19th Century church,
a couple of old wash houses
But we did manage to scrounge two old tyres (almost being eaten by a bull mastiff in the process) which we will need for hull protection in at least two upcoming moorings which have sloping sides.
We also finished painting the top steering position and, having run out of filler and paint with lots more still to be done, we arranged with John Johnson of Marine Diesel in Chitry-les-Mines to courier some to us which should be in Sancerre when we arrive there.
Monday 15 October – Beffes to Chapelle-Montlinard. 10 kilometers, 2 locks, 1 hour 50 minutes.
We had thoroughly enjoyed our stay in Beffes but it was time to continue through the month. In crisp but clear weather we set off down the pretty waterway until the spires of La Charité-sur-Loire rose into view;
|New build luxury barge Jenal.|
|La Charite coming into view.|
shortly afterwards, with the wind really starting to puff, we tied up against the sloping quay in the very unattractive port – but our newly acquired tyres were put to good use!
|A very industrial mooring.|
Chapelle-Montlinard has nothing at all to offer but a couple of kilometres away, east across the Loire, is the intriguing city of LaCharité-sur-Loire, once home to the second largest cathedral in Christendom where some two hundred monks lived in a complex spread over three hectares. For those interested, some of its fascinating history may be read on the town’s website linked to above. With many nooks and crannies and guarded by the enormous battlements, one somehow always feels that the ghosts of past and present ‘religeoisie’ are spying over your comings and goings.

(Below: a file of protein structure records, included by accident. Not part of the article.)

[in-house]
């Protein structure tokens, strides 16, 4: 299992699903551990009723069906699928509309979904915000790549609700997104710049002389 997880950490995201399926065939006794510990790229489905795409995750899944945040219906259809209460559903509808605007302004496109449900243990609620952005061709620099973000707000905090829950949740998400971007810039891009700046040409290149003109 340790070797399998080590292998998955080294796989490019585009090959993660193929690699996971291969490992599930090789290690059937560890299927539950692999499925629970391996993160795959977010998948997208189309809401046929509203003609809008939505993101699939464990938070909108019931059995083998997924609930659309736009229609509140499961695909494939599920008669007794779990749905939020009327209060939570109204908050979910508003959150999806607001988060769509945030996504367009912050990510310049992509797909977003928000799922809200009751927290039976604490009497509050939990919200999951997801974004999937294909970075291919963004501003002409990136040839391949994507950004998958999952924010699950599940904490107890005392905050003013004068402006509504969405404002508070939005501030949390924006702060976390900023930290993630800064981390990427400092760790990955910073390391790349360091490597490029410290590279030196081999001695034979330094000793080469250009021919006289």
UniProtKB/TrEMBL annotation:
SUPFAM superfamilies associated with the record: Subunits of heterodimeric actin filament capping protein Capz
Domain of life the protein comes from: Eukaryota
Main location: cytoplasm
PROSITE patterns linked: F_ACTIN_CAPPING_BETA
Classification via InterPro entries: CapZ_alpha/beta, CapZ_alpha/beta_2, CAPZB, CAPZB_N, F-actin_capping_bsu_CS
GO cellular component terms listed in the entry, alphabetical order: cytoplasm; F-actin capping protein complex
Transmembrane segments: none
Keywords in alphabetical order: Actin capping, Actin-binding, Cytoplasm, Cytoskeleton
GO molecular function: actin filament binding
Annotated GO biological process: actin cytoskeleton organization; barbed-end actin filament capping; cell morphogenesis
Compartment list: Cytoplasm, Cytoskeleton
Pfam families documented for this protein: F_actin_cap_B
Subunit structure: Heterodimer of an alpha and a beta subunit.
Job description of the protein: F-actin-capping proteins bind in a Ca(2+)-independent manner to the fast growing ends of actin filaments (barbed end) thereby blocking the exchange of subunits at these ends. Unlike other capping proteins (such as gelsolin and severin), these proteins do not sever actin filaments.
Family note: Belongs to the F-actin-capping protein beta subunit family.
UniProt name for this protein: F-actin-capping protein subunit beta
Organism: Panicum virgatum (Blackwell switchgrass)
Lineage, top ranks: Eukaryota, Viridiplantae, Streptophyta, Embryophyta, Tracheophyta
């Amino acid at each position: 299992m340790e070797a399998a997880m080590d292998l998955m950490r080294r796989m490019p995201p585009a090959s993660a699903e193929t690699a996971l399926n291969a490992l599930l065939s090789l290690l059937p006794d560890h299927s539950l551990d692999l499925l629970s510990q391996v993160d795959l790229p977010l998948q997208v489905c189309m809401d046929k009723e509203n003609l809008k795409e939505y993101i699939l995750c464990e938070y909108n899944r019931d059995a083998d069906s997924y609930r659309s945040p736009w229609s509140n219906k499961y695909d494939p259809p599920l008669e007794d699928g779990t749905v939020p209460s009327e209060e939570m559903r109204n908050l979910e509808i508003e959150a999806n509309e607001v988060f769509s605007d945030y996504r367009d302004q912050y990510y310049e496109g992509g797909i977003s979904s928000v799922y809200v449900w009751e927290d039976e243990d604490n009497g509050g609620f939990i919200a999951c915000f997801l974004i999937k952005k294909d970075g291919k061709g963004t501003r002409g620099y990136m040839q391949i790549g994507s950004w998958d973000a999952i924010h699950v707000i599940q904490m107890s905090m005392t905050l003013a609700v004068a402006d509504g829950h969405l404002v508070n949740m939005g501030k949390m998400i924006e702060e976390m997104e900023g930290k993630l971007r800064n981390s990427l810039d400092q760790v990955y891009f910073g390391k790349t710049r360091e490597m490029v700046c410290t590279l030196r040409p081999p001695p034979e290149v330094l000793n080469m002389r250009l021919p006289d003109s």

|The main roan into town.|
|Maybe a booking is advised?|
|Details of the Cathedral.|
|The founding Prior is apparently buiried behind the altar but we couldn't find him.|
|The Prior's house.|
|View from the base of the battlements.|
|A view from the base of the battlement walls.|
|Tea shop - cute!|
|The chateau at Chapelle.|
But we had a pleasant birthday (moi) lunch at a small café on the opposite bank in the ‘town’ of Berry, a place to which Joan of Arc had once retired after having failed in an attempt to storm the city – her only defeat during her participation in the 100 Years War.
Back across the Loire and aboard Elle I left Lynn to go foraging for walnuts.
Tuesday 16 October – Chapelle-Montlinard to Champalay. 8 kilometers, 3 locks, 1 hour 45 minutes.
Albeit chilly in the mornings cruising conditions are nigh perfect with autumn colours painting the canal banks with earthy depth.
|Beat this beauty!|
An about-turn saw us safely tied up to the oddly spaced bollards in an oh-so-pretty, leafy glen just outside the farming hamlet of Champalay.
|Taken from the bridge over the canal.|
Again, to the east and across the Loire River lies the town of Pouilly-sur-Loire, one of the centers of the world famous appellation Pouilly-Fumé and its lesser known cousin Pouilly-sur-Loire, a wine made from the Chasselas grape rather than the sauvignon varietal.